- Double-click on Require additional authentication at startup and choose Enabled.
- Checkmark the box for Allow BitLocker without a compatible TPM (requires a password or a startup key on a USB flash drive).
- Click Apply > OK to save the changes.
Once this is done, you need to complete the BitLocker setup process using the Control Panel. Follow these steps to proceed:
- Access the BitLocker Drive Encryption page of the Control Panel using the steps we described above.
- Click on Turn on BitLocker.
- Click Next in the following two dialogs.
- Hit the Restart now button and then click Next.
- Now, choose an encryption method. You will be presented with two options; Insert a USB flash drive and Enter a password.
- If you choose the password option, you will be asked to create a password and confirm it.
- Click Next.
- Choose how you want to back up your recovery key and click Next.
- Choose whether to encrypt the entire drive or only the used disk space and then pick an encryption mode.
- Finally, click on the Start encryption button. You can also check the Run BitLocker system check box to ensure BitLocker can read encryption and recovery keys correctly.
- Hang in there until the encryption process is complete. Reboot your computer if you are prompted to do so after the process is complete.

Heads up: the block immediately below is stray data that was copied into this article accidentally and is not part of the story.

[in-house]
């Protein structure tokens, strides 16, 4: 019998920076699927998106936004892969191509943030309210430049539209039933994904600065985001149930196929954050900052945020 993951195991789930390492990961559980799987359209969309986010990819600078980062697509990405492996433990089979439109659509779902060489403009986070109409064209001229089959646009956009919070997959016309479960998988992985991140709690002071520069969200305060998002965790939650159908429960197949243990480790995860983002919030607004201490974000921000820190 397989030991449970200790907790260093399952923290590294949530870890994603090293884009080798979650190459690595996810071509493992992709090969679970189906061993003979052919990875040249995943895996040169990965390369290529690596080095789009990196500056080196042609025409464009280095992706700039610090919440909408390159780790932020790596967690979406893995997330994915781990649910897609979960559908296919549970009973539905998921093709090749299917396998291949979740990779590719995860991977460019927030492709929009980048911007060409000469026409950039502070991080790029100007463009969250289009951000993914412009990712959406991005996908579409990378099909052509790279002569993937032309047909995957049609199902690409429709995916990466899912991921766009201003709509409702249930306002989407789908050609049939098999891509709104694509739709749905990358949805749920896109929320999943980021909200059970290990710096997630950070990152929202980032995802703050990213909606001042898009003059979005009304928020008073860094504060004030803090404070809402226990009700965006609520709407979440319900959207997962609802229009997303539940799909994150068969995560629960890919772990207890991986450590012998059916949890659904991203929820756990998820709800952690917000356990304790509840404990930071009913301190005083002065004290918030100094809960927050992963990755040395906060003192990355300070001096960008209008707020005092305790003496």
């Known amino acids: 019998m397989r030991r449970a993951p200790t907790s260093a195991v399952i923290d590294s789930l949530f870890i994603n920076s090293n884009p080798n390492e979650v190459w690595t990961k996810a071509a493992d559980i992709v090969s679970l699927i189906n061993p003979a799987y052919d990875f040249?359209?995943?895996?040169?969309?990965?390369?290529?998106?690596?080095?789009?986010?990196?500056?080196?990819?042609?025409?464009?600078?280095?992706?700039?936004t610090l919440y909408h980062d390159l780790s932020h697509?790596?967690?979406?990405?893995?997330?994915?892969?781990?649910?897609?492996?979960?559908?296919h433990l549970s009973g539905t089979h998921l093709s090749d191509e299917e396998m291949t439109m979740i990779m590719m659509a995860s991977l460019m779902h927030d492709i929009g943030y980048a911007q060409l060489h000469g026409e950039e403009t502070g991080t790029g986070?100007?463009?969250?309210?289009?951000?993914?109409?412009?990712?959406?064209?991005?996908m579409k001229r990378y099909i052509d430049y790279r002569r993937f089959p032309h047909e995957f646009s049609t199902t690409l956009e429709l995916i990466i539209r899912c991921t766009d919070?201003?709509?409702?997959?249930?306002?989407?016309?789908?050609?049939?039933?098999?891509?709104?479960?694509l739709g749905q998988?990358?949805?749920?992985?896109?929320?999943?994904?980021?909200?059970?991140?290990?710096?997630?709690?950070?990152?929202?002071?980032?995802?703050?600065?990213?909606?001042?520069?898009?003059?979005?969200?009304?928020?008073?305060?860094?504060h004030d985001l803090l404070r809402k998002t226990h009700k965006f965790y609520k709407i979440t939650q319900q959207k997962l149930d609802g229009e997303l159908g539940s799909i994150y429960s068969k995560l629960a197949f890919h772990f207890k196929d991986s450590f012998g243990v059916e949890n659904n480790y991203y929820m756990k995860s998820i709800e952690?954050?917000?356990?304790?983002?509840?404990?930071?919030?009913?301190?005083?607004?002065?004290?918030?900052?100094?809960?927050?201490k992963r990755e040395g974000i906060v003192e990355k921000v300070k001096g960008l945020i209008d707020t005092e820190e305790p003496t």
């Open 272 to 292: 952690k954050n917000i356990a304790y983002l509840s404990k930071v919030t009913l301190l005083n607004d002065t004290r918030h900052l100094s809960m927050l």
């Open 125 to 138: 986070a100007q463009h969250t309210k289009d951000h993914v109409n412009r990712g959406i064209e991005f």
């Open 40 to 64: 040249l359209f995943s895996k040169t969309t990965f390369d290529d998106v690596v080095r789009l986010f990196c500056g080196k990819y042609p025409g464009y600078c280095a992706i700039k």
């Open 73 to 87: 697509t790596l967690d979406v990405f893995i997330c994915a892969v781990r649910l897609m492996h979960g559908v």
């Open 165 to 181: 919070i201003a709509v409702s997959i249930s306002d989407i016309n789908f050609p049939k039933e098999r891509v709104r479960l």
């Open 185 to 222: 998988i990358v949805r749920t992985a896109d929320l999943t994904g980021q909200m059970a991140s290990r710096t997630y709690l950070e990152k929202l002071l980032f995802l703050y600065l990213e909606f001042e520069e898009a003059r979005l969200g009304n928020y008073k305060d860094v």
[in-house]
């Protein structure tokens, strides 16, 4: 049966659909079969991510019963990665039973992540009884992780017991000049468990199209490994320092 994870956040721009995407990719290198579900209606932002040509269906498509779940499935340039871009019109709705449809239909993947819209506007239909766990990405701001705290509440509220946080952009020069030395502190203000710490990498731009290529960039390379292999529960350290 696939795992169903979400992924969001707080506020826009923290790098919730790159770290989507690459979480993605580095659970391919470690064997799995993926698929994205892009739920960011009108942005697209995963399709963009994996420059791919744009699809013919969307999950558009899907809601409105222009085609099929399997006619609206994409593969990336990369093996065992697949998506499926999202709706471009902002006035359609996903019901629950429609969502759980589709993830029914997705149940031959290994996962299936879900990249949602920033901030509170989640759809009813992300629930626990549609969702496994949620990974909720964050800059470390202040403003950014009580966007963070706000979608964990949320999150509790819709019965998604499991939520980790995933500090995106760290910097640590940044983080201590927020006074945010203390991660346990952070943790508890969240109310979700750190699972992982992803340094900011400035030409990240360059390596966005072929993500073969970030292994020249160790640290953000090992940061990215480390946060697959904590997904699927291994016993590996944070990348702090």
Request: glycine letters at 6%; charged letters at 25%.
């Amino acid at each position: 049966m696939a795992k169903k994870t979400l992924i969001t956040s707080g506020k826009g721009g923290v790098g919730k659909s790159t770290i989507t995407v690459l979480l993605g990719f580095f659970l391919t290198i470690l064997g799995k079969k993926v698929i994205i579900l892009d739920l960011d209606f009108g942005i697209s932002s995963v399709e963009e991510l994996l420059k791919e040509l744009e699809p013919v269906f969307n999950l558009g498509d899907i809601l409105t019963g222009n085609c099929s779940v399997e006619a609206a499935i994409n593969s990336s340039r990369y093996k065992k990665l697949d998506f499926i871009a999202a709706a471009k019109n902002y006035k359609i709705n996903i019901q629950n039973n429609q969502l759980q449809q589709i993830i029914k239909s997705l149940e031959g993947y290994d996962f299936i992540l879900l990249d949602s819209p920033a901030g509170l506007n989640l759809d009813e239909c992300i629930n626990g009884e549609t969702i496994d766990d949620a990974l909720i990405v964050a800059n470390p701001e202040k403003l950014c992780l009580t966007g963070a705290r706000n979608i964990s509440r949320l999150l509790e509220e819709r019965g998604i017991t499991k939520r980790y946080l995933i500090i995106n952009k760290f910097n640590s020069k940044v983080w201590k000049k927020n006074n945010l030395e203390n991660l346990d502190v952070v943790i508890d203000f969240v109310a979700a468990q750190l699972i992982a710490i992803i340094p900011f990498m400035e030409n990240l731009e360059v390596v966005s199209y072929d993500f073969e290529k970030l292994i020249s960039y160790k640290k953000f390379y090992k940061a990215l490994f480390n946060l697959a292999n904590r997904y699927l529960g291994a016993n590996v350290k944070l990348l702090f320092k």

Are There Any Downsides of Enabling BitLocker in Windows?
BitLocker provides an added security layer to safeguard valuable data, but it can also potentially result in some system-related challenges. In some cases, encrypting and decrypting the drive can slow down the overall performance of the system slightly.
If BitLocker is not compatible with some of the older hardware, it can also run into issues while encrypting the drive. In any case, you can always disable BitLocker on Windows if you no longer need it.
Enhance Your Data Protection With BitLocker Encryption
You now know how to get the most out of BitLocker in the most recent version of Windows. If your device supports TPM, we highly recommend enabling it if you wish to increase the security levels offered by BitLocker.
There are also several great third-party alternatives to this tool available online that you can look into if you do not want to use BitLocker.